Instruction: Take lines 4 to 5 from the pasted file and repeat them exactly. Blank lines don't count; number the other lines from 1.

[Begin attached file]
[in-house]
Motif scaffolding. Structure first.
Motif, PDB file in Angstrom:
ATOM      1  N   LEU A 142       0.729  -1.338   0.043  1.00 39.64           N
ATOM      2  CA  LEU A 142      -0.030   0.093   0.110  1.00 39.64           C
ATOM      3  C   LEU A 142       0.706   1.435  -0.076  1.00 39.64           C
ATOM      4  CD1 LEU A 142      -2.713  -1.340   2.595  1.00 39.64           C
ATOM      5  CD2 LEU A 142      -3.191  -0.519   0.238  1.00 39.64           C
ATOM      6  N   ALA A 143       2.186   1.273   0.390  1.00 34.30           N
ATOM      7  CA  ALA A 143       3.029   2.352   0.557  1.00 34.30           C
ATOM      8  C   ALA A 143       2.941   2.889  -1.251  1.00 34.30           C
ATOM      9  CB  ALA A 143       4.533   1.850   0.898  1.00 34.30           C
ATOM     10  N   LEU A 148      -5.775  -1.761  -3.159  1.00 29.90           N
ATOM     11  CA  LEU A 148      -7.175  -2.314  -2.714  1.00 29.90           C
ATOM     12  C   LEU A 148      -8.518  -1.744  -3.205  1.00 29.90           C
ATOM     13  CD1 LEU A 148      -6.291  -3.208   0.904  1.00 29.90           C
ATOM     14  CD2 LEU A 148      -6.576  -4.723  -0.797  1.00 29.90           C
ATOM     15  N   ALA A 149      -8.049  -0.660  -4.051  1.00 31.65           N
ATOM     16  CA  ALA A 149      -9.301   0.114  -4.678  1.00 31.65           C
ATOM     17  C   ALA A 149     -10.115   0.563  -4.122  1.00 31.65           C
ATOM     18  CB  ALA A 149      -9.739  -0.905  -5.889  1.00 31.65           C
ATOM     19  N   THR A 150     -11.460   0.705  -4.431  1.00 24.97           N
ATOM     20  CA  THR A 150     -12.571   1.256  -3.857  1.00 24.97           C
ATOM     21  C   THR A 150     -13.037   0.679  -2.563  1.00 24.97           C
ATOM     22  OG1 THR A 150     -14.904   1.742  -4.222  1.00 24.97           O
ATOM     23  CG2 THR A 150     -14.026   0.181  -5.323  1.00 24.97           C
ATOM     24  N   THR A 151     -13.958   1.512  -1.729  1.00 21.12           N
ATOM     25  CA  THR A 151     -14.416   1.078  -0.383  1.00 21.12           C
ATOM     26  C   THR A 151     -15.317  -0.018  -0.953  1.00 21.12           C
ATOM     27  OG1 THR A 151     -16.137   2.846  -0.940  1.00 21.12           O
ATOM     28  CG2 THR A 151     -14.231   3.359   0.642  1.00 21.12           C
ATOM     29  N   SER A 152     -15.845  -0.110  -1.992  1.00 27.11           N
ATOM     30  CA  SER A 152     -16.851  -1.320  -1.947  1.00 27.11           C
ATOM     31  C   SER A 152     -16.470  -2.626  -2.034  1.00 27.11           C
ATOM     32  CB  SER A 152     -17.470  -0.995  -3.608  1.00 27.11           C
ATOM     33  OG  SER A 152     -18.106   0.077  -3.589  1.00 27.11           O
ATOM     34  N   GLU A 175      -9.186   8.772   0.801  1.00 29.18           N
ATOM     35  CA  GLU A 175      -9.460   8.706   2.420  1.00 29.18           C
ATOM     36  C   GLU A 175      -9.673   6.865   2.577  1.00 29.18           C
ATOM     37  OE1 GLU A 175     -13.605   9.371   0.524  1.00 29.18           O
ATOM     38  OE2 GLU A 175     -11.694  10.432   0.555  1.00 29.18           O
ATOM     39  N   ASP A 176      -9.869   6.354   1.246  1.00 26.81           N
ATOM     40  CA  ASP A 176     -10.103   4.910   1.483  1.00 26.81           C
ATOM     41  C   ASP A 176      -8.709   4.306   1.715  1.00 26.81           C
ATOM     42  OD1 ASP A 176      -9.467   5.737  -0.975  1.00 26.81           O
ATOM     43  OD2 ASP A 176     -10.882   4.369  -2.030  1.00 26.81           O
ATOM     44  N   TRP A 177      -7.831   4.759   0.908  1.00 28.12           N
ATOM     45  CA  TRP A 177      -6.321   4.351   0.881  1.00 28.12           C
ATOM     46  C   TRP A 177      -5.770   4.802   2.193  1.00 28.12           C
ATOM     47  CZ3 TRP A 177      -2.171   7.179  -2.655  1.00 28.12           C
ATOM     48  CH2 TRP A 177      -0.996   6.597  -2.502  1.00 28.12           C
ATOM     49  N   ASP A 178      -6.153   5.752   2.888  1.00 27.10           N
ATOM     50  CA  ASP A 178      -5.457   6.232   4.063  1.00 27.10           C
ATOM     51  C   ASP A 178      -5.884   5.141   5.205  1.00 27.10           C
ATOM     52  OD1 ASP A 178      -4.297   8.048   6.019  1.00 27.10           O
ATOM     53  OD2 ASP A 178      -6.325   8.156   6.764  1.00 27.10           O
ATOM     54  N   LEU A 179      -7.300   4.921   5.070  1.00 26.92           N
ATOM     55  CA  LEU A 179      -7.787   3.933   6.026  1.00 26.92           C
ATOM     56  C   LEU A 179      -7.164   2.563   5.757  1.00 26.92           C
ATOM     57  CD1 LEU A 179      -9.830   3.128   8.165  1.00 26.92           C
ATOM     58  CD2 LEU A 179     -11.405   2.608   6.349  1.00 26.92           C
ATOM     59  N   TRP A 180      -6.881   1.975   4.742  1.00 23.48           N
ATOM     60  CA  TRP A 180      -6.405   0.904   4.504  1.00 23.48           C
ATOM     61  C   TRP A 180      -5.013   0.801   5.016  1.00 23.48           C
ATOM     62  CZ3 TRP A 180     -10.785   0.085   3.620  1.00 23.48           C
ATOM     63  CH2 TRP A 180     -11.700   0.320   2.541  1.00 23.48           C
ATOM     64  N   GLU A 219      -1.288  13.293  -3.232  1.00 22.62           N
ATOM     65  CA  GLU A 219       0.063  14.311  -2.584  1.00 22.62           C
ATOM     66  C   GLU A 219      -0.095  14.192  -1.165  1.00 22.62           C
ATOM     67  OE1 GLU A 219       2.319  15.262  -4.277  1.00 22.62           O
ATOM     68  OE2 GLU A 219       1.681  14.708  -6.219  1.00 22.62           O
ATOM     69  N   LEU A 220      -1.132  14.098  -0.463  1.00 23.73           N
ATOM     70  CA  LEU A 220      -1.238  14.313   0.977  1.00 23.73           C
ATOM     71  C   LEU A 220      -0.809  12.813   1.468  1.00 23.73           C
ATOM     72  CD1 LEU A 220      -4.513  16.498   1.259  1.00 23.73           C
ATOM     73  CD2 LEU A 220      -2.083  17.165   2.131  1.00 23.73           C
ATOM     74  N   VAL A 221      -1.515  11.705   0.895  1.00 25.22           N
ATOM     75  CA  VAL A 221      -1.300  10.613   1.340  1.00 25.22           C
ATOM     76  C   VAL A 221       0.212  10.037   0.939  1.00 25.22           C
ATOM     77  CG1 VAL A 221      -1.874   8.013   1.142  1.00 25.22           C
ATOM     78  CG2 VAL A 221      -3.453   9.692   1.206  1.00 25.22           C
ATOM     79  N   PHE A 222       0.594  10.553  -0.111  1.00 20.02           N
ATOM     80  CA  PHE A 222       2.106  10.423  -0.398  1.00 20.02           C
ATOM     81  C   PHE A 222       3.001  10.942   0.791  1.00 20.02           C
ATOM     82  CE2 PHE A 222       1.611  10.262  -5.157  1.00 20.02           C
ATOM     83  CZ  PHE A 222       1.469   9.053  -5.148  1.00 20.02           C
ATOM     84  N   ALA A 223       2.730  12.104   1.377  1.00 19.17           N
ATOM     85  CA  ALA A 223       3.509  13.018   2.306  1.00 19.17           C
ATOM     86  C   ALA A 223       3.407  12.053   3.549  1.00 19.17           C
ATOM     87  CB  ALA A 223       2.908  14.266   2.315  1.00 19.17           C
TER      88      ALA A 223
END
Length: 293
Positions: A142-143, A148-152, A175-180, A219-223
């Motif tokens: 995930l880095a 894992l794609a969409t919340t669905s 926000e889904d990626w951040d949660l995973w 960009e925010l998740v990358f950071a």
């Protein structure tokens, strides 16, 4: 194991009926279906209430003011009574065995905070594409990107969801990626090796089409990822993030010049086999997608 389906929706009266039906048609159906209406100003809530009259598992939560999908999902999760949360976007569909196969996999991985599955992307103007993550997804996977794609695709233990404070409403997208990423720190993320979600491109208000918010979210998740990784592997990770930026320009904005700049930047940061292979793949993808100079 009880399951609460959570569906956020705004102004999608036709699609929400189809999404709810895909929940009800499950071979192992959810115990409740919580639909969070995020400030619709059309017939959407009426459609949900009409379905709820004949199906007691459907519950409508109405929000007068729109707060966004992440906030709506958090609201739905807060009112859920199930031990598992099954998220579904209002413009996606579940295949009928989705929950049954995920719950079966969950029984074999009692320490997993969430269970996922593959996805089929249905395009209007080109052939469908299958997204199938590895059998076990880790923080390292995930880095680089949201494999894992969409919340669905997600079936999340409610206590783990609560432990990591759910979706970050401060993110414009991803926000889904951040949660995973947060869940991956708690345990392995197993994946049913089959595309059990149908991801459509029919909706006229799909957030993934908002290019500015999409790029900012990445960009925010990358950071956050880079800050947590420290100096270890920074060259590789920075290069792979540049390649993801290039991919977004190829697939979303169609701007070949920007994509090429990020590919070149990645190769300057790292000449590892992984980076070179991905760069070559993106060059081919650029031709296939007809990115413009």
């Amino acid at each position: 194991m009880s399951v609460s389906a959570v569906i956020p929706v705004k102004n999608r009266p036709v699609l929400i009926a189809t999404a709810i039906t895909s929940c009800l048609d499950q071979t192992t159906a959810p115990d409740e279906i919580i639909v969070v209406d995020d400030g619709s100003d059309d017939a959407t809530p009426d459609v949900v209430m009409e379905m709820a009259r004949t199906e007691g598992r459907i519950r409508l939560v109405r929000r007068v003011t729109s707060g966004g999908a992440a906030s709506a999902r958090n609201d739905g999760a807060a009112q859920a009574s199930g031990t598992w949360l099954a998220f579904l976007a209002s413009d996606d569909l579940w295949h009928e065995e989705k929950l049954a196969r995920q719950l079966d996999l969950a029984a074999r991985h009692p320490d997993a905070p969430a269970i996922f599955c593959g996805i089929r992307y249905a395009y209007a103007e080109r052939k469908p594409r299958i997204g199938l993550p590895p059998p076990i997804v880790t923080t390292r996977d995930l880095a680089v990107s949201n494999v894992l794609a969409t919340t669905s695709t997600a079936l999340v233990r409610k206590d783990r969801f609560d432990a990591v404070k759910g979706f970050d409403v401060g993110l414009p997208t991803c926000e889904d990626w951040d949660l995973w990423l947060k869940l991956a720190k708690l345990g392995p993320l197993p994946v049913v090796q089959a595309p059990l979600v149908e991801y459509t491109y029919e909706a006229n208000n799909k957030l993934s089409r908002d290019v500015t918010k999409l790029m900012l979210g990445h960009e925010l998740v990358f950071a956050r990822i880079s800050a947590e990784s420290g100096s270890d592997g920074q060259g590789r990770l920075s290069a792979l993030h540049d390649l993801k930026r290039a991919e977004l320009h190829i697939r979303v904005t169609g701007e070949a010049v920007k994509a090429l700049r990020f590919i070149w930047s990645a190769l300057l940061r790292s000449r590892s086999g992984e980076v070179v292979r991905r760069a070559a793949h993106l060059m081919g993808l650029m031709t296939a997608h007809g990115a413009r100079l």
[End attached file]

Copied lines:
ATOM      1  N   LEU A 142       0.729  -1.338   0.043  1.00 39.64           N
ATOM      2  CA  LEU A 142      -0.030   0.093   0.110  1.00 39.64           C